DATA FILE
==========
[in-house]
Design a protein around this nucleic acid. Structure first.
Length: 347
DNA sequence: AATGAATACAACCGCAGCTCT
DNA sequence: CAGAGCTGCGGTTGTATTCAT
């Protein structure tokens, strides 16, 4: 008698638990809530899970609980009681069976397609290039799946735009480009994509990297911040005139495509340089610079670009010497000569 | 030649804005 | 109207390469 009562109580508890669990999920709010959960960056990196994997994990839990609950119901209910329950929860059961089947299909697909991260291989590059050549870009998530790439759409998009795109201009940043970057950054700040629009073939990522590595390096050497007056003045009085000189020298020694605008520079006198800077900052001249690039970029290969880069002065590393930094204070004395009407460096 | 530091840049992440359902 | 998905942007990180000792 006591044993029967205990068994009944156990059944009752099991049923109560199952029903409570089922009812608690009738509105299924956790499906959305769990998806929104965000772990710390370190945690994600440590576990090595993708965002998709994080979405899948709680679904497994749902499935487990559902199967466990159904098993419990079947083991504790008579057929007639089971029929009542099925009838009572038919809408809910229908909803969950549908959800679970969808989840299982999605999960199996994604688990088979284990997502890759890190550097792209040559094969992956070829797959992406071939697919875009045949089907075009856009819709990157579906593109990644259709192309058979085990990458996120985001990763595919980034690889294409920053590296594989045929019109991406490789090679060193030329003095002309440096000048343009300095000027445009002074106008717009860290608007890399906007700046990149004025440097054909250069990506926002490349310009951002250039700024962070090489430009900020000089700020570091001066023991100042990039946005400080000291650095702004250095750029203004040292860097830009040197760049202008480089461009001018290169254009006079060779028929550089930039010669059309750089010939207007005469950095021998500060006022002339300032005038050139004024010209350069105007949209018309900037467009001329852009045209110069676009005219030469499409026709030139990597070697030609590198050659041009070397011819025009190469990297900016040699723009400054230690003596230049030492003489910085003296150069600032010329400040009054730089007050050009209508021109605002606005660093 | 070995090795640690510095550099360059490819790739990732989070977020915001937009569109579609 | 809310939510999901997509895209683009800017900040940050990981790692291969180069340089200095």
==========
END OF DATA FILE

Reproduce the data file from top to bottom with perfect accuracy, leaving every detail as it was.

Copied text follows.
[in-house]
Design a protein around this nucleic acid. Structure first.
Length: 347
DNA sequence: AATGAATACAACCGCAGCTCT
DNA sequence: CAGAGCTGCGGTTGTATTCAT
């Protein structure tokens, strides 16, 4: 008698638990809530899970609980009681069976397609290039799946735009480009994509990297911040005139495509340089610079670009010497000569 | 030649804005 | 109207390469 009562109580508890669990999920709010959960960056990196994997994990839990609950119901209910329950929860059961089947299909697909991260291989590059050549870009998530790439759409998009795109201009940043970057950054700040629009073939990522590595390096050497007056003045009085000189020298020694605008520079006198800077900052001249690039970029290969880069002065590393930094204070004395009407460096 | 530091840049992440359902 | 998905942007990180000792 006591044993029967205990068994009944156990059944009752099991049923109560199952029903409570089922009812608690009738509105299924956790499906959305769990998806929104965000772990710390370190945690994600440590576990090595993708965002998709994080979405899948709680679904497994749902499935487990559902199967466990159904098993419990079947083991504790008579057929007639089971029929009542099925009838009572038919809408809910229908909803969950549908959800679970969808989840299982999605999960199996994604688990088979284990997502890759890190550097792209040559094969992956070829797959992406071939697919875009045949089907075009856009819709990157579906593109990644259709192309058979085990990458996120985001990763595919980034690889294409920053590296594989045929019109991406490789090679060193030329003095002309440096000048343009300095000027445009002074106008717009860290608007890399906007700046990149004025440097054909250069990506926002490349310009951002250039700024962070090489430009900020000089700020570091001066023991100042990039946005400080000291650095702004250095750029203004040292860097830009040197760049202008480089461009001018290169254009006079060779028929550089930039010669059309750089010939207007005469950095021998500060006022002339300032005038050139004024010209350069105007949209018309900037467009001329852009045209110069676009005219030469499409026709030139990597070697030609590198050659041009070397011819025009190469990297900016040699723009400054230690003596230049030492003489910085003296150069600032010329400040009054730089007050050009209508021109605002606005660093 | 070995090795640690510095550099360059490819790739990732989070977020915001937009569109579609 | 809310939510999901997509895209683009800017900040940050990981790692291969180069340089200095």